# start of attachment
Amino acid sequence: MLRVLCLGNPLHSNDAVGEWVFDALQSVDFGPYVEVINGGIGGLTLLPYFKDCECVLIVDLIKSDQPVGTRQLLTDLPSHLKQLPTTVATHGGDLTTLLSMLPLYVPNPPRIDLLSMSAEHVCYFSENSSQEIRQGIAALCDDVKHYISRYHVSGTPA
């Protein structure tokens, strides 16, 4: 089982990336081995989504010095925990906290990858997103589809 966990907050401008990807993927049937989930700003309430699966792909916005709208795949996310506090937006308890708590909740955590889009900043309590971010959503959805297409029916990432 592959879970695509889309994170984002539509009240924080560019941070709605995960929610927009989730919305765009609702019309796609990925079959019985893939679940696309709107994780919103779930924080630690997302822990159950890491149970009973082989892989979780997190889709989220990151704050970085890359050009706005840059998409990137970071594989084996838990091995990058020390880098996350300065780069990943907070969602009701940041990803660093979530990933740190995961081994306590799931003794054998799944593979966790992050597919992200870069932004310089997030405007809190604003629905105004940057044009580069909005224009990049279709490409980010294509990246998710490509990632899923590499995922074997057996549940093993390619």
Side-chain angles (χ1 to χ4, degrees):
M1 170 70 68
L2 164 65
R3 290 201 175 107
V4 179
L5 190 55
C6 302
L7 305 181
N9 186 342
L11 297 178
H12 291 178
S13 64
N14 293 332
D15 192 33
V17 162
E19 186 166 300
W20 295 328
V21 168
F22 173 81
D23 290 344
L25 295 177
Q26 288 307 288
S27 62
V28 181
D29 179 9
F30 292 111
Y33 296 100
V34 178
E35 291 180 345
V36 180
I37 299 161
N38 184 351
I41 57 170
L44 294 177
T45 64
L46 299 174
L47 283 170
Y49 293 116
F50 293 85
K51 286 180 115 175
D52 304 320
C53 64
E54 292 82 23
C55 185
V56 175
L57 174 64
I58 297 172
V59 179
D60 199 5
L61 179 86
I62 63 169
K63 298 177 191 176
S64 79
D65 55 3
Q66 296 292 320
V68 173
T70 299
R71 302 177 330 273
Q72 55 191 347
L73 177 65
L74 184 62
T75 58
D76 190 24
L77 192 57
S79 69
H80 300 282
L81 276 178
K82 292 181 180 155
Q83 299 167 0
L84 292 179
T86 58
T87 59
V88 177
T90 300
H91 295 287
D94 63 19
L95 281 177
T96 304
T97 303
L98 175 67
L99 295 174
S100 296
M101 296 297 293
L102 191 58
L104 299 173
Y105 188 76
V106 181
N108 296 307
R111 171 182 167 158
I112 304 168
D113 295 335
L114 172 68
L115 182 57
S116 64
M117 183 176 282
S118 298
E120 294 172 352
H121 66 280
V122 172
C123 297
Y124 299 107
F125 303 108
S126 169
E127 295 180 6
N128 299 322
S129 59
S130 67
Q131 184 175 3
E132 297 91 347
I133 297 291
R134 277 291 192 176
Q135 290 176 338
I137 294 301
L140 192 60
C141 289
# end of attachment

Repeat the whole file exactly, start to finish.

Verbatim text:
Amino acid sequence: MLRVLCLGNPLHSNDAVGEWVFDALQSVDFGPYVEVINGGIGGLTLLPYFKDCECVLIVDLIKSDQPVGTRQLLTDLPSHLKQLPTTVATHGGDLTTLLSMLPLYVPNPPRIDLLSMSAEHVCYFSENSSQEIRQGIAALCDDVKHYISRYHVSGTPA
């Protein structure tokens, strides 16, 4: 089982990336081995989504010095925990906290990858997103589809 966990907050401008990807993927049937989930700003309430699966792909916005709208795949996310506090937006308890708590909740955590889009900043309590971010959503959805297409029916990432 592959879970695509889309994170984002539509009240924080560019941070709605995960929610927009989730919305765009609702019309796609990925079959019985893939679940696309709107994780919103779930924080630690997302822990159950890491149970009973082989892989979780997190889709989220990151704050970085890359050009706005840059998409990137970071594989084996838990091995990058020390880098996350300065780069990943907070969602009701940041990803660093979530990933740190995961081994306590799931003794054998799944593979966790992050597919992200870069932004310089997030405007809190604003629905105004940057044009580069909005224009990049279709490409980010294509990246998710490509990632899923590499995922074997057996549940093993390619």
Side-chain angles (χ1 to χ4, degrees):
M1 170 70 68
L2 164 65
R3 290 201 175 107
V4 179
L5 190 55
C6 302
L7 305 181
N9 186 342
L11 297 178
H12 291 178
S13 64
N14 293 332
D15 192 33
V17 162
E19 186 166 300
W20 295 328
V21 168
F22 173 81
D23 290 344
L25 295 177
Q26 288 307 288
S27 62
V28 181
D29 179 9
F30 292 111
Y33 296 100
V34 178
E35 291 180 345
V36 180
I37 299 161
N38 184 351
I41 57 170
L44 294 177
T45 64
L46 299 174
L47 283 170
Y49 293 116
F50 293 85
K51 286 180 115 175
D52 304 320
C53 64
E54 292 82 23
C55 185
V56 175
L57 174 64
I58 297 172
V59 179
D60 199 5
L61 179 86
I62 63 169
K63 298 177 191 176
S64 79
D65 55 3
Q66 296 292 320
V68 173
T70 299
R71 302 177 330 273
Q72 55 191 347
L73 177 65
L74 184 62
T75 58
D76 190 24
L77 192 57
S79 69
H80 300 282
L81 276 178
K82 292 181 180 155
Q83 299 167 0
L84 292 179
T86 58
T87 59
V88 177
T90 300
H91 295 287
D94 63 19
L95 281 177
T96 304
T97 303
L98 175 67
L99 295 174
S100 296
M101 296 297 293
L102 191 58
L104 299 173
Y105 188 76
V106 181
N108 296 307
R111 171 182 167 158
I112 304 168
D113 295 335
L114 172 68
L115 182 57
S116 64
M117 183 176 282
S118 298
E120 294 172 352
H121 66 280
V122 172
C123 297
Y124 299 107
F125 303 108
S126 169
E127 295 180 6
N128 299 322
S129 59
S130 67
Q131 184 175 3
E132 297 91 347
I133 297 291
R134 277 291 192 176
Q135 290 176 338
I137 294 301
L140 192 60
C141 289